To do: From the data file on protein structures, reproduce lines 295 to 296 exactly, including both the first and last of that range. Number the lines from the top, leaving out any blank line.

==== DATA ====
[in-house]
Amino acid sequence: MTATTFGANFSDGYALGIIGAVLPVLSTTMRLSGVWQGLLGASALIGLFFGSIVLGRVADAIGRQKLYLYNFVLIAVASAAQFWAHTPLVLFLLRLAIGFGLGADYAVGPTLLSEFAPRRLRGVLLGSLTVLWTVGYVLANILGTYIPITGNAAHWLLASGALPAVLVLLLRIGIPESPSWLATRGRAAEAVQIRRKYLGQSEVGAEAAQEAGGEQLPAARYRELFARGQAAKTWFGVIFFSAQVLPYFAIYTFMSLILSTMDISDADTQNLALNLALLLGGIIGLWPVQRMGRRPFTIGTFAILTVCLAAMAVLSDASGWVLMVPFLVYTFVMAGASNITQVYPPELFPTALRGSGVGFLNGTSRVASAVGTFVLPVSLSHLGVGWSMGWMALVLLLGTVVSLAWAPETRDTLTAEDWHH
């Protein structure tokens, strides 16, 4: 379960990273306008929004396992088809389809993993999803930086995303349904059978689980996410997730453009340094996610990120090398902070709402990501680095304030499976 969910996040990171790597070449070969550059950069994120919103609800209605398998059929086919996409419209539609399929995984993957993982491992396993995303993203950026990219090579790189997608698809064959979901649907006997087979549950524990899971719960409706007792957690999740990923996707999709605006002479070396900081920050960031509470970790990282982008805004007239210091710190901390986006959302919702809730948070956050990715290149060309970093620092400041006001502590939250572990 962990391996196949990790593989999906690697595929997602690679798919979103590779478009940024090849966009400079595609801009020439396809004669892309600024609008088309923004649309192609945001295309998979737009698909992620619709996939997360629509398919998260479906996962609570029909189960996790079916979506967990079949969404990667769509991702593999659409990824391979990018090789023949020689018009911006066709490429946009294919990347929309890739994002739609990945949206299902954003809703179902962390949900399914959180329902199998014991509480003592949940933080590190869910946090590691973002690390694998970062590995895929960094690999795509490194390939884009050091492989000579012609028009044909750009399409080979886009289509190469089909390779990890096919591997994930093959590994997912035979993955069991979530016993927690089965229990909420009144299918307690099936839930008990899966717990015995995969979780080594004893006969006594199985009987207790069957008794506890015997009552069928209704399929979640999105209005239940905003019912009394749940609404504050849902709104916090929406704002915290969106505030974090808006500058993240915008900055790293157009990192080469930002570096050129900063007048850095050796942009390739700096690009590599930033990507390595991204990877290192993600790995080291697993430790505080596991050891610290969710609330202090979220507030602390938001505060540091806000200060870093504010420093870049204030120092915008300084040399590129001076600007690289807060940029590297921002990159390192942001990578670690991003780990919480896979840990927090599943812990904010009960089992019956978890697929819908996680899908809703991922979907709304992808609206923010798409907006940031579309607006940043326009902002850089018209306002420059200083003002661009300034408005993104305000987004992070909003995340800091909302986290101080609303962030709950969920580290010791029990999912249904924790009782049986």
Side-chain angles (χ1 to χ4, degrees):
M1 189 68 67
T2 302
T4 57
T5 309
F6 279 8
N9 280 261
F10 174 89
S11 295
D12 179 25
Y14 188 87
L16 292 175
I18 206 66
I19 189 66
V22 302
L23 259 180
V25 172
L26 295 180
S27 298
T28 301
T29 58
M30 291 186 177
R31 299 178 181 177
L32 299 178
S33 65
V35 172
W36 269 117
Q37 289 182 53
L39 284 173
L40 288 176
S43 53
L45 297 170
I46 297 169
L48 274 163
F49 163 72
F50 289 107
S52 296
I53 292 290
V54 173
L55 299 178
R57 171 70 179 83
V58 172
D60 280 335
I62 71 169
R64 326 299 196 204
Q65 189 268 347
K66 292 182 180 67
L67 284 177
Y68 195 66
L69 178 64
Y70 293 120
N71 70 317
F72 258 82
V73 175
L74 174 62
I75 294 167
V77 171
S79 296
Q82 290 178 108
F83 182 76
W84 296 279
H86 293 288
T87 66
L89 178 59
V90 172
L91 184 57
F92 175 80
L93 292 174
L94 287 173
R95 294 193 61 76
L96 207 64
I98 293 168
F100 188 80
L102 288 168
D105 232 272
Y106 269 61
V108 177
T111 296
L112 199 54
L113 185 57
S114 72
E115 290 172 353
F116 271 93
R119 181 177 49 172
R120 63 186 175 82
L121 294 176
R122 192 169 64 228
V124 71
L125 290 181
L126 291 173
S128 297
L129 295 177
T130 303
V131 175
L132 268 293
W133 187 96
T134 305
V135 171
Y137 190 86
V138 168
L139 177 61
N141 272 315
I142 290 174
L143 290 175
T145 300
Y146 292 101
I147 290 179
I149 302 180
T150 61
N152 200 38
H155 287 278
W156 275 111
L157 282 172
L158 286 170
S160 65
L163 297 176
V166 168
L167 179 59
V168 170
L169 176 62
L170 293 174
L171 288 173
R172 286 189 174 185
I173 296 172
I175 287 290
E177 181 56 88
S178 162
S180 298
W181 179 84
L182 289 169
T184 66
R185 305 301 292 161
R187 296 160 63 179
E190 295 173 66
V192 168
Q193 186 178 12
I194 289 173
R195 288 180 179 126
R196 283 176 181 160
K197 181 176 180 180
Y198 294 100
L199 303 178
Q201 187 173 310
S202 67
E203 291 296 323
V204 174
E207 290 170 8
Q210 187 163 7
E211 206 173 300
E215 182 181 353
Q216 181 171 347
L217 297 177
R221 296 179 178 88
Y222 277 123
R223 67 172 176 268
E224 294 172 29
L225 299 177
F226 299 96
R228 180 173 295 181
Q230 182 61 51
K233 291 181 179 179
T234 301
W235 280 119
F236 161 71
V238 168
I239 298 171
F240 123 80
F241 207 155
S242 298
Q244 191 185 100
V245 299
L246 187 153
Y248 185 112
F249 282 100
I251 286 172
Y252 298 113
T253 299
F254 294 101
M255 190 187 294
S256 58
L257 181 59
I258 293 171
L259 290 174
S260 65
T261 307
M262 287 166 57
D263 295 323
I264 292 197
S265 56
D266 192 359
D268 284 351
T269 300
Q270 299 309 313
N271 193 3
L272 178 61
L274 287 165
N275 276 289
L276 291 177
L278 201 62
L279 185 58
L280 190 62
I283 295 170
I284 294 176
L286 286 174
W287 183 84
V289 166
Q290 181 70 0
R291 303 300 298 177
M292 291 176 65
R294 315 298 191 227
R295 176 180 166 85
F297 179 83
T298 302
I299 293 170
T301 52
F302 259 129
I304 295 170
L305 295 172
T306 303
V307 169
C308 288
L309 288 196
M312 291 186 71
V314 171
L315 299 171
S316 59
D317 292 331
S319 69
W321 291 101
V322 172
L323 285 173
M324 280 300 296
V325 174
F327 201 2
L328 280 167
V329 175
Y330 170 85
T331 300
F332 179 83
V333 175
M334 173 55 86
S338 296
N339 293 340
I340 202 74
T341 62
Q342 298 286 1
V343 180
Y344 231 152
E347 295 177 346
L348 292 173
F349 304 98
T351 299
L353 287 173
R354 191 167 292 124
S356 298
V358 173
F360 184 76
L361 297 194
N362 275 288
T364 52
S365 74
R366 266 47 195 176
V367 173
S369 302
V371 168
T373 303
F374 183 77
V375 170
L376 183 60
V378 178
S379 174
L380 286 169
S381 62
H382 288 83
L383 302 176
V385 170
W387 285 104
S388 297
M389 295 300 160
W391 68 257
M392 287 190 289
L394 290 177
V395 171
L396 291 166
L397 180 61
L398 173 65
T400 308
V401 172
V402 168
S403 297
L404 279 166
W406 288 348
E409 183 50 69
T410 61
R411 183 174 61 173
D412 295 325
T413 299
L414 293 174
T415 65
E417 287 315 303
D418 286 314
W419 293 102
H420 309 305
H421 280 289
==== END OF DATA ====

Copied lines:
W406 288 348
E409 183 50 69